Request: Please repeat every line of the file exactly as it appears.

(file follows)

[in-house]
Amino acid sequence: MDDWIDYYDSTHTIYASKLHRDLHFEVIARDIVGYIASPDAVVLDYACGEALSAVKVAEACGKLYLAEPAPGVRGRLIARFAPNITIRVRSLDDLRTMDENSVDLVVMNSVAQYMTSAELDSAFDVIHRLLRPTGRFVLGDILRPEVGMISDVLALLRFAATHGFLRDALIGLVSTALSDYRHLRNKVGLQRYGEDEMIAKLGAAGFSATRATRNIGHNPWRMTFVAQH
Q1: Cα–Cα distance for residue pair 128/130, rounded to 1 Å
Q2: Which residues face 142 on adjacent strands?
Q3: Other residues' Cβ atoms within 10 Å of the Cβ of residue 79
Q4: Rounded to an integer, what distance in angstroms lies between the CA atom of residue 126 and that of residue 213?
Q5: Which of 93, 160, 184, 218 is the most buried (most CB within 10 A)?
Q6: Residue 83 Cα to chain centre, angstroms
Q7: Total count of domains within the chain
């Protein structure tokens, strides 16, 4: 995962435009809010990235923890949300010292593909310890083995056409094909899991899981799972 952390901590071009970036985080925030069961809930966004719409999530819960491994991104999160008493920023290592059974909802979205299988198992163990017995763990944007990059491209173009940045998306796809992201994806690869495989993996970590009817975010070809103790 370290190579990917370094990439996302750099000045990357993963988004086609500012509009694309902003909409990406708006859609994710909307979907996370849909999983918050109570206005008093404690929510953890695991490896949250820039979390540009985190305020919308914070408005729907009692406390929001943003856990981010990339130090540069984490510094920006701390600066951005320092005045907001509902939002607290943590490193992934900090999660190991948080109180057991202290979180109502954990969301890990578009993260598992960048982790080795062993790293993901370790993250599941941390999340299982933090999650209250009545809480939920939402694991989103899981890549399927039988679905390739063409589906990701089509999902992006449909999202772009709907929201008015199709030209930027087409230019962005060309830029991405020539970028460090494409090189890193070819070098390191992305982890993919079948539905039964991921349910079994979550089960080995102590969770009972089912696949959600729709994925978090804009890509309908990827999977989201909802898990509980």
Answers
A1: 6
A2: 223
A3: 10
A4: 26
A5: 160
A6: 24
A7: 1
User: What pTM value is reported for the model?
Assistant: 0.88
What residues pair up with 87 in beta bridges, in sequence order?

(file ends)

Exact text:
[in-house]
Amino acid sequence: MDDWIDYYDSTHTIYASKLHRDLHFEVIARDIVGYIASPDAVVLDYACGEALSAVKVAEACGKLYLAEPAPGVRGRLIARFAPNITIRVRSLDDLRTMDENSVDLVVMNSVAQYMTSAELDSAFDVIHRLLRPTGRFVLGDILRPEVGMISDVLALLRFAATHGFLRDALIGLVSTALSDYRHLRNKVGLQRYGEDEMIAKLGAAGFSATRATRNIGHNPWRMTFVAQH
Q1: Cα–Cα distance for residue pair 128/130, rounded to 1 Å
Q2: Which residues face 142 on adjacent strands?
Q3: Other residues' Cβ atoms within 10 Å of the Cβ of residue 79
Q4: Rounded to an integer, what distance in angstroms lies between the CA atom of residue 126 and that of residue 213?
Q5: Which of 93, 160, 184, 218 is the most buried (most CB within 10 A)?
Q6: Residue 83 Cα to chain centre, angstroms
Q7: Total count of domains within the chain
């Protein structure tokens, strides 16, 4: 995962435009809010990235923890949300010292593909310890083995056409094909899991899981799972 952390901590071009970036985080925030069961809930966004719409999530819960491994991104999160008493920023290592059974909802979205299988198992163990017995763990944007990059491209173009940045998306796809992201994806690869495989993996970590009817975010070809103790 370290190579990917370094990439996302750099000045990357993963988004086609500012509009694309902003909409990406708006859609994710909307979907996370849909999983918050109570206005008093404690929510953890695991490896949250820039979390540009985190305020919308914070408005729907009692406390929001943003856990981010990339130090540069984490510094920006701390600066951005320092005045907001509902939002607290943590490193992934900090999660190991948080109180057991202290979180109502954990969301890990578009993260598992960048982790080795062993790293993901370790993250599941941390999340299982933090999650209250009545809480939920939402694991989103899981890549399927039988679905390739063409589906990701089509999902992006449909999202772009709907929201008015199709030209930027087409230019962005060309830029991405020539970028460090494409090189890193070819070098390191992305982890993919079948539905039964991921349910079994979550089960080995102590969770009972089912696949959600729709994925978090804009890509309908990827999977989201909802898990509980």
Answers
A1: 6
A2: 223
A3: 10
A4: 26
A5: 160
A6: 24
A7: 1
User: What pTM value is reported for the model?
Assistant: 0.88
What residues pair up with 87 in beta bridges, in sequence order?